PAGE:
Freedom of Speech

The first post I read is Provenge, Ca Provenge, Cancer Drug, Costs $93,000: Sky High Drug Prices Impact Life-Or-Death Decisions from The Huffington Post. It is talking about whether the new treatment for cancer (Provenge) worth a high price, and whether the government Medicare should cover this treatment. The comments of this post can mostly be categorized in two kinds of opinions: some think that the taxpayer can’t afford the price of the treatment (and don’t need to pay for it); some believe that the price of the drug is too high because the drug company is too greedy, and the government should do something about it.

The second post is An Open Letter to President Obama, written by Charlie Daniels from NewsBusters. Daniels indicates that Obama “take the well-earned rewards of these (hard-working) people and give it to those who have done nothing to deserve them.” Also, Daniels questions Obama: “how can you support the building of a mosque in the very same area where Islamic radicals murdered so many Americans?” In the end of the post, Daniel called Obama “failure”, and points out that Obama waste taxpayer’s money. The comments of this post is polarized: some thinks the post is great and ask Daniels to “put your letter on a website where we ALL can sign it (generalbroccoli); some think the post is very awful and think that “the substance of your opinion sounds like a big fart!(Samshile)” Compare to the first post, the comment of this post has much more radical words.

Cammaerts didn’t have a conclusion about whether a democratic country should have a censorship on hate speech or not. However, from my point of view, the speech should not be censored on the internet, for this might suppress other voices and opinions on the internet. Also, I agree what Cammaerts has mentioned that” who defines what is hurtful, offensive, wounding or injurious speech, and what is the context in which such language is being used? (p.570)” The censorship of the hate speech on internet can never be objective enough for everyone, and it might cause more problems and controversies. I also agree with Cammaerts that the internet filtering of hate speech might “proliferation of these discourse further throughout society (p.570),” for some people might be irritate by the censorship. Without censorship, there still have some way to reduce hate speech. In Taiwan, a lawyer sued 108 people because they post hateful comments about her when discussing about whether Taiwan should abolish death penalty or not (see detail). This case is very different from the case Cammaerts brought up (the racism); however, I think they all related to “insult” and “hate speech” (although one is personal and one is not). I think this kind of law can prevent some hateful speech toward certain people (one-on-one) if the commenter weren’t anonymous.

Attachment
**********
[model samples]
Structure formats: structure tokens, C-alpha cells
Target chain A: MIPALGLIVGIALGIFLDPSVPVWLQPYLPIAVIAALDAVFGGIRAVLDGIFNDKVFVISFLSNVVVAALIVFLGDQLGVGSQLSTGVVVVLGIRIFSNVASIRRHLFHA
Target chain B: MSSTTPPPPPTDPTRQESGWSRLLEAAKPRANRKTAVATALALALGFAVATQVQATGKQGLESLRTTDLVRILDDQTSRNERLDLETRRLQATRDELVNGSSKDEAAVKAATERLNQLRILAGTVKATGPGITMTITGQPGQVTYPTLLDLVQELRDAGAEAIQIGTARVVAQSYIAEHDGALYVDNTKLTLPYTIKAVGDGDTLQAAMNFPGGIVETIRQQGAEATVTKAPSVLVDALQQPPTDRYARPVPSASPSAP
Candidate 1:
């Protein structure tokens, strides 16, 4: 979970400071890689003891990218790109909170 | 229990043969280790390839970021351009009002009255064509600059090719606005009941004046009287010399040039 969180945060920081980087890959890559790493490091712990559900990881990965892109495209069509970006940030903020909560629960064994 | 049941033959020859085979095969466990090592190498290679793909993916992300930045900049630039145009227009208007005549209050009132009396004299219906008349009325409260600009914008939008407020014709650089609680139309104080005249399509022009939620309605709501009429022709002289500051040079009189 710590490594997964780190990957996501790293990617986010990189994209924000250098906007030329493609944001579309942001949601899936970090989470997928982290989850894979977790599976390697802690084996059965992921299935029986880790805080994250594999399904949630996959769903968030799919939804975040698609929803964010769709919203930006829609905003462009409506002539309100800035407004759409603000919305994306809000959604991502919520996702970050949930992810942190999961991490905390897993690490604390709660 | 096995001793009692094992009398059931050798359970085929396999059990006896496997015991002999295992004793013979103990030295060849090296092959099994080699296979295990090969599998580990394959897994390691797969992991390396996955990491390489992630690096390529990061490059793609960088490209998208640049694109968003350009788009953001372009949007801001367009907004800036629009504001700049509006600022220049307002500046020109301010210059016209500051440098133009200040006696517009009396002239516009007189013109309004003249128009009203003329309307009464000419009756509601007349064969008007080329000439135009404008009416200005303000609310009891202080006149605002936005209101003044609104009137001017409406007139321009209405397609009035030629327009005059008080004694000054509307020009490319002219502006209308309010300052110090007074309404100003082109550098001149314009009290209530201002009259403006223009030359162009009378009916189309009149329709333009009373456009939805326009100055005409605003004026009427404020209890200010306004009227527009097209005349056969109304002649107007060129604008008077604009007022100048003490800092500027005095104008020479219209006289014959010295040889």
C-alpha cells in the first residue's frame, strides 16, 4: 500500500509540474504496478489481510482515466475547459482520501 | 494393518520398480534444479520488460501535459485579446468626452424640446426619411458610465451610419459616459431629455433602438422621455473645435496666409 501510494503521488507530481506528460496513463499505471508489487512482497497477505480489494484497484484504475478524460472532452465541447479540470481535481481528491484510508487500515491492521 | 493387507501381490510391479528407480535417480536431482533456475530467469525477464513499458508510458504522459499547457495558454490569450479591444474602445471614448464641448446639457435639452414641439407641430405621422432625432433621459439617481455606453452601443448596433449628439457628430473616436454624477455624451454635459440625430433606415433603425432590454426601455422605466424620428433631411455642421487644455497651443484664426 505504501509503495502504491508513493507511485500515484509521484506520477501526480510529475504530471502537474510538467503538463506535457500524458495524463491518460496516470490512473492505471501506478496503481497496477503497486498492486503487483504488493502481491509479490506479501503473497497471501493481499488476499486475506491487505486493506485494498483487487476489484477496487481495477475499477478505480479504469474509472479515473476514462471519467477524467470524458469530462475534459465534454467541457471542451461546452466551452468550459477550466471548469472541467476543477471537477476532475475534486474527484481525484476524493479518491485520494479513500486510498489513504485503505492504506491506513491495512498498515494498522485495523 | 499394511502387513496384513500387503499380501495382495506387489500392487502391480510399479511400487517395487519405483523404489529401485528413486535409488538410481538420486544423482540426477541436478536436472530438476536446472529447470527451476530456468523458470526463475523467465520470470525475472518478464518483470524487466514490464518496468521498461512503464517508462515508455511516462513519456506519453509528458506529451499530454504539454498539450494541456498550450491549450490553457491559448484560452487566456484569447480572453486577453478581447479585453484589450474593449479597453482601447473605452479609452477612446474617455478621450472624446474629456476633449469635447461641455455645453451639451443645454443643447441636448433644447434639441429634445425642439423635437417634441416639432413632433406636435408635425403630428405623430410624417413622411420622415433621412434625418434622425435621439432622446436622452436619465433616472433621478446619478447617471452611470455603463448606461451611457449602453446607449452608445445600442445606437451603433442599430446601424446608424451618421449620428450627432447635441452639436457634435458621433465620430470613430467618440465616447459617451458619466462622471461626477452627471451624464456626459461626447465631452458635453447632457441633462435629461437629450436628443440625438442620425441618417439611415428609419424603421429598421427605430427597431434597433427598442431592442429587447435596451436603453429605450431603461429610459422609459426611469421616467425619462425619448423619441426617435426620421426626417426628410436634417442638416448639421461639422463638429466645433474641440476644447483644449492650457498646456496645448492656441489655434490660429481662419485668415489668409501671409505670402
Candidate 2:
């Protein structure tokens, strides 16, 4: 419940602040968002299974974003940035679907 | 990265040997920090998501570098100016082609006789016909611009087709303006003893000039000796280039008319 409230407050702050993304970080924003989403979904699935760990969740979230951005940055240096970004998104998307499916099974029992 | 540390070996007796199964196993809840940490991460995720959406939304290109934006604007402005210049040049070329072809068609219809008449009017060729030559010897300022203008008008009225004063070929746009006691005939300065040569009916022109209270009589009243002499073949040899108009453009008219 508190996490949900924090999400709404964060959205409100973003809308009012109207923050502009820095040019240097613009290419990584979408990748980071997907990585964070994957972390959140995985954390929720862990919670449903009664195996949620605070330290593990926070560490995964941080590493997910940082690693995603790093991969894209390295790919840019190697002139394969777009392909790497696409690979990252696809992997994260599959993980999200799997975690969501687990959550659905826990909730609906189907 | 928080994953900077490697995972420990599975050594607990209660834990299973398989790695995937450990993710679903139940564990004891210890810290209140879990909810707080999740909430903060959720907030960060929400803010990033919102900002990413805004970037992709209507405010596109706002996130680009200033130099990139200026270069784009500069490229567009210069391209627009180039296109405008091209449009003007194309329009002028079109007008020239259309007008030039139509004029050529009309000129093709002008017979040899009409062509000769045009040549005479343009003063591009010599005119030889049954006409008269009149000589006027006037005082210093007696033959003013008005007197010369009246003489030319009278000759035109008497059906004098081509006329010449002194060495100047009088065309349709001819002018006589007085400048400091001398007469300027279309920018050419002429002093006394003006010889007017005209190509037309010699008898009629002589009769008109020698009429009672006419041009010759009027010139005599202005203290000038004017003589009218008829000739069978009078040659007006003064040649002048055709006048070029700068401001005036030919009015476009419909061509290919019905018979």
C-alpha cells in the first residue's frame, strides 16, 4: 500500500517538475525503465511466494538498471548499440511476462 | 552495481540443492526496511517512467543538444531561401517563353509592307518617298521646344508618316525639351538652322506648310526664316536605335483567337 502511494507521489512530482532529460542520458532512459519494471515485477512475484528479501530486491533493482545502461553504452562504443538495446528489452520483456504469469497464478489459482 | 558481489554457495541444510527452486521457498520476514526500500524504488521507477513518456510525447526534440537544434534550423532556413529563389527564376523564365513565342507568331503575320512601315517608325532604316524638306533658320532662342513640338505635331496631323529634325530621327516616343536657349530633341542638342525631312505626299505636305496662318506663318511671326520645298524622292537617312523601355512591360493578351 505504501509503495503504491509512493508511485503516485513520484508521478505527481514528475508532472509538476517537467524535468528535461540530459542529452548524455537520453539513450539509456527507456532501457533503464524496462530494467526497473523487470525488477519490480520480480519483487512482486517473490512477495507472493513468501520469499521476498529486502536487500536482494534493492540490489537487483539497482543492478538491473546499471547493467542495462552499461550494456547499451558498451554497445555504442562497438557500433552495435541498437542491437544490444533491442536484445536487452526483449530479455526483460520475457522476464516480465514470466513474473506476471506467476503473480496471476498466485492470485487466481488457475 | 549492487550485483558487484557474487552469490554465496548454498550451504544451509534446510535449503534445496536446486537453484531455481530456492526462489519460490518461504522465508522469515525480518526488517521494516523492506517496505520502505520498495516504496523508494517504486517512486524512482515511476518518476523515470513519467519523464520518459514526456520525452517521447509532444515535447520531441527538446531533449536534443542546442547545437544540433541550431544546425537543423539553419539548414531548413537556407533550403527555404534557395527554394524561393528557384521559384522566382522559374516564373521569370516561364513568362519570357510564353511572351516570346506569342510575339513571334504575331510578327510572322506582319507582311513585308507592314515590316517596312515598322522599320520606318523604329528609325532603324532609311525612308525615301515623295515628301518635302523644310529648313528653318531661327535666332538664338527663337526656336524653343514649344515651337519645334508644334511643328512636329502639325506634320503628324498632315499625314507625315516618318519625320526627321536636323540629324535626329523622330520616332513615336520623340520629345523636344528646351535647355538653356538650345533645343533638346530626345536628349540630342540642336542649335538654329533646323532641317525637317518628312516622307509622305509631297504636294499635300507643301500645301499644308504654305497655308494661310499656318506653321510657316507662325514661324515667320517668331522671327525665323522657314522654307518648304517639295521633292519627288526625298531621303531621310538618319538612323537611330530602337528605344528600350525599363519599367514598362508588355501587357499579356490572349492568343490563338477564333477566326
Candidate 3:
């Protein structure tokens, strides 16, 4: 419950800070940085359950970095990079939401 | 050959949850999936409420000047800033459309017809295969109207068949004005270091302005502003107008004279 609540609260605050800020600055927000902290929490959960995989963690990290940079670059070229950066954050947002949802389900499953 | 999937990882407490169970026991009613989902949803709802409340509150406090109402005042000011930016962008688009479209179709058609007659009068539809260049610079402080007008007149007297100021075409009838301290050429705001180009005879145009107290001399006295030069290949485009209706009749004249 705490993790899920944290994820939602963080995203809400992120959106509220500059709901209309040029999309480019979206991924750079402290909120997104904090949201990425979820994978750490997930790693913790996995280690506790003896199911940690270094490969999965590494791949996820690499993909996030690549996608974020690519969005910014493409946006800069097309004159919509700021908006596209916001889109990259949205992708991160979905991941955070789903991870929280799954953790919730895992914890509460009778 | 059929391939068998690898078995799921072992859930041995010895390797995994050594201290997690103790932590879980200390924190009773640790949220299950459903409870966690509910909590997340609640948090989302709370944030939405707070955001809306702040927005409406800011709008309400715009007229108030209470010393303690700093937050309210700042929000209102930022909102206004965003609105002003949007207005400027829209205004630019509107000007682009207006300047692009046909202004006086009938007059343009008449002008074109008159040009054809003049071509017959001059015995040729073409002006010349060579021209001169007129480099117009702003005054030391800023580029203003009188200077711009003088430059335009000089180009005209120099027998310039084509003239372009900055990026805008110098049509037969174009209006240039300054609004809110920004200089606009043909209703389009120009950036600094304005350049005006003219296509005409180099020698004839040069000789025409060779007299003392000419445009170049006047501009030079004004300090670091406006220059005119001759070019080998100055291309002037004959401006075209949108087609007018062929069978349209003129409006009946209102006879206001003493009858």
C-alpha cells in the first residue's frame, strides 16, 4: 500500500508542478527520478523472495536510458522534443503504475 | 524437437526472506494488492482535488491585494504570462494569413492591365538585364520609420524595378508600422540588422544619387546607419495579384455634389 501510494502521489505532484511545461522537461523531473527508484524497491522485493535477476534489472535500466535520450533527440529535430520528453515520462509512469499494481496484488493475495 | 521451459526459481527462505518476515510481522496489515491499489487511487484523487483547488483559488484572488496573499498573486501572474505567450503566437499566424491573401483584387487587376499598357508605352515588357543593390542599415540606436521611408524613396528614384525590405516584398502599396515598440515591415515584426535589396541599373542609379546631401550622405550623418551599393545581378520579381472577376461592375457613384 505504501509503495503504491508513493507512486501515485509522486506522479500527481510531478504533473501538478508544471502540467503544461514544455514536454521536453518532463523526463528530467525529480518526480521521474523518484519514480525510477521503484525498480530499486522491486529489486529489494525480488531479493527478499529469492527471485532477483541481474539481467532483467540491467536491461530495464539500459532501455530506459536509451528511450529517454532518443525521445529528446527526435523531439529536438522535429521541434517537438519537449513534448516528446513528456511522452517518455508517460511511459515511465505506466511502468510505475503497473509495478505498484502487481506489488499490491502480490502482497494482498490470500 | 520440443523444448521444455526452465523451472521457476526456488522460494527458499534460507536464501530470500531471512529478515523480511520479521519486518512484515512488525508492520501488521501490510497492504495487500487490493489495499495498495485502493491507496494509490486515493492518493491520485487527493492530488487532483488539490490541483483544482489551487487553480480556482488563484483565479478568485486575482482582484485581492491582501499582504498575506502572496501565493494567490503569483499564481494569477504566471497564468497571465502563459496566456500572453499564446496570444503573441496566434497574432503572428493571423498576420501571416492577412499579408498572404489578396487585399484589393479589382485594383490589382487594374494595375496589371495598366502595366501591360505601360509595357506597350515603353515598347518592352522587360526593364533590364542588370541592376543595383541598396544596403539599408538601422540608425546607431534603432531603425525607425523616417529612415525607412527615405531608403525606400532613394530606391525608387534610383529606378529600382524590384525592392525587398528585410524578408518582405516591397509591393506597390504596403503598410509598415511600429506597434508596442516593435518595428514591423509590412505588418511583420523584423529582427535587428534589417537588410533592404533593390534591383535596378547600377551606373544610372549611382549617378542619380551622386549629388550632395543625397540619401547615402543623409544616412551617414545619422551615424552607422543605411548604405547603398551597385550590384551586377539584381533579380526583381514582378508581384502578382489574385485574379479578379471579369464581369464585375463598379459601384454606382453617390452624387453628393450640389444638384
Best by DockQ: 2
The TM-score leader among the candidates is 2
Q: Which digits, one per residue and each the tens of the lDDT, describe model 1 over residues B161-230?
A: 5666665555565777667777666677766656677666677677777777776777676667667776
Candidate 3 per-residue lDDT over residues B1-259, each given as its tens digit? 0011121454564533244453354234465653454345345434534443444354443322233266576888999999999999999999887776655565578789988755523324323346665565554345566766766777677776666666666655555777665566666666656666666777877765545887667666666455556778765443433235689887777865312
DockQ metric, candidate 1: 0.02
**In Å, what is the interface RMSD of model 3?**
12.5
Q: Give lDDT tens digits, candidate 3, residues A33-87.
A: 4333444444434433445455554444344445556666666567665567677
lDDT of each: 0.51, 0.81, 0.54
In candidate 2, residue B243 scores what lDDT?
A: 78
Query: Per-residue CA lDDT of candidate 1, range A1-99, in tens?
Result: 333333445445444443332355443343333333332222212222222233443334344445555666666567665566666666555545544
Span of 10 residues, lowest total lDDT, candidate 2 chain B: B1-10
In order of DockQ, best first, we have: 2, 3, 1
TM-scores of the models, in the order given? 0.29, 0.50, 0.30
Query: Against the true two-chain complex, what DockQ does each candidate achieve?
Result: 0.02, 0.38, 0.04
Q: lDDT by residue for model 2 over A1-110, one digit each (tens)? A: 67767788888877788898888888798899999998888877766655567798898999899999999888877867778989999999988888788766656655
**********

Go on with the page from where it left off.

9 Comments (+add yours?)

  1. caseyawilson
    Sep 29, 2010 @ 23:23:46

    I agree with you (and Cammaerts) that one of the problems with censoring hate speech is that it might actually empower those that are being censored. By censoring people, however hateful their speech might be, it places them in the role of the victim. That role, when handled adeptly, can paradoxically be a position of power. It would allow them to believe that they are the ones whose rights are being violated via the censorship, adding fire to their claims, which could lead to the sort of proliferation of their speech and ideas that you quote from Cammaerts. It could inflame their passion, bolster their position, and redirect the conversation entirely. Censorship might make their views illegal, but it might also make them more powerful.


  2. joneelauriel
    Sep 30, 2010 @ 11:08:24

    I agree with your perspective. The issue with censoring speech is that in the process of weeding out hate speech, you may eliminate positive, productive speech as well. Also, as Cammaerts mentioned in his article censorship deals with the symptoms of the problem and not the deep seeded roots of racism. It’s like putting a band-aid over a cut. The band-aid covers the cut but it still needs to be treated or it won’t get better. Honestly, I don’t know what solutions could be offered for eliminating hate speech. If we pass a law then we run into the issue of categorizing what is hateful speech and what isn’t. Then we run into the issue of who decides what’s offensive and what isn’t. So many issues…it just gives me a headache to think about 🙂